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. Breaking The Silence On Shenzhou

Artwork depicting the first Chinese spacewalk, CSA/Xinhua image.
by Morris Jones
Sydney, Australia (SPX) Mar 04, 2008
In less than nine months, China will probably take the next step in its human spaceflight program. The mission of Shenzhou 7 will produce China's first spacewalk, along with an extended mission involving three astronauts on the spacecraft.

Shenzhou 7 promises to be China's greatest achievement in human spaceflight to date, aside from the historical significance of China's first human spaceflight mission in 2003. We have a lot of reasons to be interested in this flight. But China is doing little to feed our appetites for information.

This author wrote extensively about China's spacewalking plans in 2006, mostly on the strength of a flurry of media disclosures in the Chinese media. It was fun to indulge in the typical sport of linking a few facts and figures together, jigsaw style, and then trying to fill in the gaps. I have not written about the program in more than a year, largely because there has been little else to work on.

We should have expected more disclosures by now. China should have given us photographs of EVA training, or the spacesuits to be used on the mission. But we have seen almost nothing. China recently re-hashed an old artist's conception of its first spacewalk, showing a spacesuit-clad figure emerging from the Orbital Module of Shenzhou, which will serve as an airlock.

This image, released in the state-run media, showed a different sort of spacesuit. Earlier pictures showed a spacesuit that resembled a Russian Orlan suit, but the recent one looks more like an American suit. It's difficult to know what to make of this.

Is the latest image more accurate, or does it just represent an attempt to obscure the real hardware? We won't know until we see the real thing. Other statements on the technique to be used in the spacewalk, discussed later in this article, hint that there could be changes in the suit.

China has dribbled out occasional statements, to indicate that the mission is still on schedule, and the equipment for the flight seems to be performing well in tests. This is encouraging, because the spacewalk will be a highly complex and dangerous task. Even the Americans and Russians, with decades of spacewalking experience behind them, still treat spacewalking very carefully.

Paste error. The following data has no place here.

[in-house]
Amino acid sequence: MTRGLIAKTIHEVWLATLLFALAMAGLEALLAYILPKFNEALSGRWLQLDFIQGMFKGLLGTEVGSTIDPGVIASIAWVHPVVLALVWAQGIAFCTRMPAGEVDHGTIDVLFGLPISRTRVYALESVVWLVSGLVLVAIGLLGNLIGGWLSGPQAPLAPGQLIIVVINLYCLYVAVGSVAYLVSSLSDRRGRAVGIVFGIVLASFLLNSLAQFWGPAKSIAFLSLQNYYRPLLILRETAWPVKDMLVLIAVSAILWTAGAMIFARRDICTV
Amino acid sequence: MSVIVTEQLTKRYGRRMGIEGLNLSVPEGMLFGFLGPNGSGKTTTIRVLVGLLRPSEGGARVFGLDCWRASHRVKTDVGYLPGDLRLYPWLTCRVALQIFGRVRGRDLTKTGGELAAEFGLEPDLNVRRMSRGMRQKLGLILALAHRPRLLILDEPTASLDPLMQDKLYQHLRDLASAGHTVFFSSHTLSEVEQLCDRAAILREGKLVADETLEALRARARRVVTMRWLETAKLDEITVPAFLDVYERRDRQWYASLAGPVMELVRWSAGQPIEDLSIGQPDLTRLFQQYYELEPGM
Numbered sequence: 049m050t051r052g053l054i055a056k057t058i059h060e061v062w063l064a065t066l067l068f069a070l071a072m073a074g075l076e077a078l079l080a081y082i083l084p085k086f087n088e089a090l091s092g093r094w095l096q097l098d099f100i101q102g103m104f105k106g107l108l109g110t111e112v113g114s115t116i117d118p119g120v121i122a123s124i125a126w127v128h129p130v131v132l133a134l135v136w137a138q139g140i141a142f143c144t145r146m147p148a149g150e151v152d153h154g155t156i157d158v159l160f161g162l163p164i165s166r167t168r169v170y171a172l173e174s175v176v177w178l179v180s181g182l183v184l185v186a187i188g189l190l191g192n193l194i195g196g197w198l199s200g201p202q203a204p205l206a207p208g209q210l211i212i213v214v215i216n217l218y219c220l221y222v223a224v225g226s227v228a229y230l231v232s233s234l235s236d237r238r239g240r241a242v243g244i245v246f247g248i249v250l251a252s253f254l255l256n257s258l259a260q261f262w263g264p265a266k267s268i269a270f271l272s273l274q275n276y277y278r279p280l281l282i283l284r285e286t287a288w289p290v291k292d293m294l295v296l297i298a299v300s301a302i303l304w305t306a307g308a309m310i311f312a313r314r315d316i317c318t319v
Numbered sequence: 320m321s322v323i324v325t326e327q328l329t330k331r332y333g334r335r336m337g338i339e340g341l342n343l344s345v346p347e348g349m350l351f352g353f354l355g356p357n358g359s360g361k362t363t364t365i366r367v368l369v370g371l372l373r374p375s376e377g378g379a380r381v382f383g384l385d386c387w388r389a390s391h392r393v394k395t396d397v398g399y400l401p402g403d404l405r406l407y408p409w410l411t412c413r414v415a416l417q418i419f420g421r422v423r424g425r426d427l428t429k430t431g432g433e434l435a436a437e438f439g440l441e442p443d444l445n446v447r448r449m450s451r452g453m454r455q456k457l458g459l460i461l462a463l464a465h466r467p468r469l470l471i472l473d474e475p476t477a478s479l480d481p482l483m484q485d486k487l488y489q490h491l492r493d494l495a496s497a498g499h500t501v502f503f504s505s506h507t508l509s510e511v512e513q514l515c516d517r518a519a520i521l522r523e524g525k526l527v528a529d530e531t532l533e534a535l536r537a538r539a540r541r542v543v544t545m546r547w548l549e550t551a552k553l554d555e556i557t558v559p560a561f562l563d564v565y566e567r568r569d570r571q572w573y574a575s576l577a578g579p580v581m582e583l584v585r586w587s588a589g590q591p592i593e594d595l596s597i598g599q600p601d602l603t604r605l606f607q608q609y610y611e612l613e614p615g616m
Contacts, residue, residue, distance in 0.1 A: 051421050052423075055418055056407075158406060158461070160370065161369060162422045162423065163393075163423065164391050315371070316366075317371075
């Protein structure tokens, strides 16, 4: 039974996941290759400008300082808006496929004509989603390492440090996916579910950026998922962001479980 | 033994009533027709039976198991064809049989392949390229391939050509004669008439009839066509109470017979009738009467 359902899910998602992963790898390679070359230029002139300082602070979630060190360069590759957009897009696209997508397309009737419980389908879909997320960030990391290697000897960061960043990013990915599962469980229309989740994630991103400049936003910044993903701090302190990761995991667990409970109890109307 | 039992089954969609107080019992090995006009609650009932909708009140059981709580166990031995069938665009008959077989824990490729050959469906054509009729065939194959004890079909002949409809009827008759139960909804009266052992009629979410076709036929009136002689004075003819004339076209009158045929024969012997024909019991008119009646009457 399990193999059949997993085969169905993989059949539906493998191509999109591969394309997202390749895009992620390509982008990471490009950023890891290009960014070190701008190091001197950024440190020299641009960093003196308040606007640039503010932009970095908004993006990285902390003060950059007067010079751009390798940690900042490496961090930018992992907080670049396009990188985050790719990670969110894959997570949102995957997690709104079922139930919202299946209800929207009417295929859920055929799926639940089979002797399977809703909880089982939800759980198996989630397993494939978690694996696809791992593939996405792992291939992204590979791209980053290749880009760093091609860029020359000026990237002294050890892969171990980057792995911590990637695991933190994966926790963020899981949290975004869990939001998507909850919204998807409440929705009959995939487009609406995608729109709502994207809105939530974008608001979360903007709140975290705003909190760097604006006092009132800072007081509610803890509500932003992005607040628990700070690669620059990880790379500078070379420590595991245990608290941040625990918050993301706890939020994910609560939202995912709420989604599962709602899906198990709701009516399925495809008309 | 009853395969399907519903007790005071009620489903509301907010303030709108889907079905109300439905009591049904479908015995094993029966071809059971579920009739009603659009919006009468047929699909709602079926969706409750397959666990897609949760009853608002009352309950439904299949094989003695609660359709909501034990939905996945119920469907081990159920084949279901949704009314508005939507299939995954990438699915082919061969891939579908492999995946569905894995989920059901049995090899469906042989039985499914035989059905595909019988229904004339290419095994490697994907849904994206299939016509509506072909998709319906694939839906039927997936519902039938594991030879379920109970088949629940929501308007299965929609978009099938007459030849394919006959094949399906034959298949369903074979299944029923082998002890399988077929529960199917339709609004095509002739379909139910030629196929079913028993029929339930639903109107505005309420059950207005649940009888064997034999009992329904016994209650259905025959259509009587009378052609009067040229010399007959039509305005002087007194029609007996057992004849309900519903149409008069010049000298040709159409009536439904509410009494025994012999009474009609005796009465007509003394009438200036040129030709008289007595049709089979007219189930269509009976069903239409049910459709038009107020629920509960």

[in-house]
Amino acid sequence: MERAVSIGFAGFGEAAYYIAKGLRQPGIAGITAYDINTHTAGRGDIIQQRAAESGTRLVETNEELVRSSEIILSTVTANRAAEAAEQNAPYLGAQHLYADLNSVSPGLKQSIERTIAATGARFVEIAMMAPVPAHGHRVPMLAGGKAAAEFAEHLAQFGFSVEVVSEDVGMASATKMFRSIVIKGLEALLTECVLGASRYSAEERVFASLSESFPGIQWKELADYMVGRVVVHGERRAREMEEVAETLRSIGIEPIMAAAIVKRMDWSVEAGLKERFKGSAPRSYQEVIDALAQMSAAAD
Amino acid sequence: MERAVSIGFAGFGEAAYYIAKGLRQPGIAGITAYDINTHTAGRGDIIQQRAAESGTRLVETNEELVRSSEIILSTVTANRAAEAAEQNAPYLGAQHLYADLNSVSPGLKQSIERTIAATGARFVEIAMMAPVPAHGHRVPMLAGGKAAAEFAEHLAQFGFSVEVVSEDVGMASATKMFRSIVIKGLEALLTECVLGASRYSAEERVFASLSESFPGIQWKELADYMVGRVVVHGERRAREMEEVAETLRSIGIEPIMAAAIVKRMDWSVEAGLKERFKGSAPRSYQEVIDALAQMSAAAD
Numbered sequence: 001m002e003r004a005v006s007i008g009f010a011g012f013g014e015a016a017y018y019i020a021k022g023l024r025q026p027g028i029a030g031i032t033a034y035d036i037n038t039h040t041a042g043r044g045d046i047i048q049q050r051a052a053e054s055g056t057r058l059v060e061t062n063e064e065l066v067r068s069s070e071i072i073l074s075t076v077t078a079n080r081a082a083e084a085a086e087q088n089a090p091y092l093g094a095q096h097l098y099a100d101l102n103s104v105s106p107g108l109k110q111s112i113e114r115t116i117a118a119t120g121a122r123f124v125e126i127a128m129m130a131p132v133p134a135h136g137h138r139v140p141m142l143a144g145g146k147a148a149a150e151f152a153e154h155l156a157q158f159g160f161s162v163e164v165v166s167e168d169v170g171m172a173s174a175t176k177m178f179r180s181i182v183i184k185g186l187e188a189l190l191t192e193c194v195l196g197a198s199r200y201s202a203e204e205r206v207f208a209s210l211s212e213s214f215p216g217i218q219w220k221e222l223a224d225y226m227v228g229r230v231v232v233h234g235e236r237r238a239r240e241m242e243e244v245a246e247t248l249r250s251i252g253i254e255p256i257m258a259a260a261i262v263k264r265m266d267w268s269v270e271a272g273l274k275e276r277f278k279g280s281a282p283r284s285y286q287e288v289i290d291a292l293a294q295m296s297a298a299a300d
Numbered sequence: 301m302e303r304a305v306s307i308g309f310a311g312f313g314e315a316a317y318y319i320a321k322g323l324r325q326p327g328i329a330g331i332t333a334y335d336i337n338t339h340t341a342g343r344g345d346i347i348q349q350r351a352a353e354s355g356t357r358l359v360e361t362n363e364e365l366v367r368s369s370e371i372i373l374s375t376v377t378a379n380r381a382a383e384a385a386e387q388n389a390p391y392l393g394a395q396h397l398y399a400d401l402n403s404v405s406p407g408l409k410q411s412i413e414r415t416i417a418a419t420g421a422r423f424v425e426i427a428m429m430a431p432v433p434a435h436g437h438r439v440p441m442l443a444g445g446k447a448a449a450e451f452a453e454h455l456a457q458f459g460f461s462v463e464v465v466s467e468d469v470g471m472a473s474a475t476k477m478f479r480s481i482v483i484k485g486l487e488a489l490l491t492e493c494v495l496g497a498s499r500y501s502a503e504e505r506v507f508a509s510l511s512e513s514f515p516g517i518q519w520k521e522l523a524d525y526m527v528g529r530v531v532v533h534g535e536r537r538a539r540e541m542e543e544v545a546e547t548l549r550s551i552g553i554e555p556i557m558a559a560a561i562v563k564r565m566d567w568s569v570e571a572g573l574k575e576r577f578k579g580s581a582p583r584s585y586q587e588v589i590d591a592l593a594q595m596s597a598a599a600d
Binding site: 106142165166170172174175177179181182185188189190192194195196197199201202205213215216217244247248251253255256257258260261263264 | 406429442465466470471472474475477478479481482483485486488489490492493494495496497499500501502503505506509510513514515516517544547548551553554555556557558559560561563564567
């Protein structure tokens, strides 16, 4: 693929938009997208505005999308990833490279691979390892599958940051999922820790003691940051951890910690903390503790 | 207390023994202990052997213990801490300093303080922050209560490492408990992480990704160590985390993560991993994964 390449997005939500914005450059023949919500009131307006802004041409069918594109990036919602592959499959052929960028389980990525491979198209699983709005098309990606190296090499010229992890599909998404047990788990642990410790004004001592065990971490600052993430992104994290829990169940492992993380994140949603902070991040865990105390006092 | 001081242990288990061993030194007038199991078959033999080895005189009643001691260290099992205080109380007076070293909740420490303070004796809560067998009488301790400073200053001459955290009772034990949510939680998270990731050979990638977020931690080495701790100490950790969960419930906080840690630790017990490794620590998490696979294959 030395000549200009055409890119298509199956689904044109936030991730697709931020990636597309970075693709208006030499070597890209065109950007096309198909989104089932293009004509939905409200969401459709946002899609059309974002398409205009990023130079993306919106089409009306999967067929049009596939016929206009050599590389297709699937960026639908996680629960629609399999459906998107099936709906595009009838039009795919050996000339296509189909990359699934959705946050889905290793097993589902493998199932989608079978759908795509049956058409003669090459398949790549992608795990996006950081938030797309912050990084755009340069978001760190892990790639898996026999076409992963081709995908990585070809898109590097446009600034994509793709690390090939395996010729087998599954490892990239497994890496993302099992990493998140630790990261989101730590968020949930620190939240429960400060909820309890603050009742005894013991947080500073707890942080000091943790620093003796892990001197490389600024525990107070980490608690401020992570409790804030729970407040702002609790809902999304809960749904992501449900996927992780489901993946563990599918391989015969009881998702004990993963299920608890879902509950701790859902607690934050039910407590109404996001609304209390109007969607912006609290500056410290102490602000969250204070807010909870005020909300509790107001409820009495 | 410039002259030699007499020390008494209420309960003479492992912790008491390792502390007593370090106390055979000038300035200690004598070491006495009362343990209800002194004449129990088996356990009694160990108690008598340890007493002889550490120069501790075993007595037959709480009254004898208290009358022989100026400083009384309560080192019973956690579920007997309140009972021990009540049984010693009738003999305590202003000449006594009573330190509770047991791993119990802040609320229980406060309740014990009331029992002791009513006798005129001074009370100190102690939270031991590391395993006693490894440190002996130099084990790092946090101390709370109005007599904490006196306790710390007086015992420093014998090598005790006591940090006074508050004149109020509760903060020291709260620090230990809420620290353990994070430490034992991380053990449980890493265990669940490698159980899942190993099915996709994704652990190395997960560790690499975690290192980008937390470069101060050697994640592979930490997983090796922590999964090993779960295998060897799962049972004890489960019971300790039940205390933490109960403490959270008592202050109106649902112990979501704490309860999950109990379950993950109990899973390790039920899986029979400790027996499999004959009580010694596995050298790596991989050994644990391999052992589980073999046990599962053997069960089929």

It's worth remembering that the earliest EVAs performed by the Soviet Union and the USA revealed that moving astronauts outside a vehicle was cumbersome.

The Soviet Union and the USA each waited roughly four years between their first manned space missions and their first spacewalks. The gap for China, from 2003 to 2008, is slightly longer in time, but much shorter in mission counts. This will only be China's third manned space mission!

But what will happen on the spacewalk? In January 2008, China published statements that seem to indicate the use of an umbilical cord to support the spacewalker. This will not merely be a tether, as used by current US and Russian suits, but a cord providing power and other consumables to the spacewalker. This was described by one article as "less complicated and safer".

But the article does not firmly state that this will be done on the mission. It's hard to know exactly how to interpret this. It could reflect the opinions of some engineers, or an actual design. Did China plan to use a full umbilical all along, or does this reflect a recent change in the design of the EVA suit? Again, we can only guess at this stage.

The January article mentions that "the length of the cord should not exceed 5 meters to avoid getting twisted." This is a fair statement, but it also constrains the movement of the spacewalker.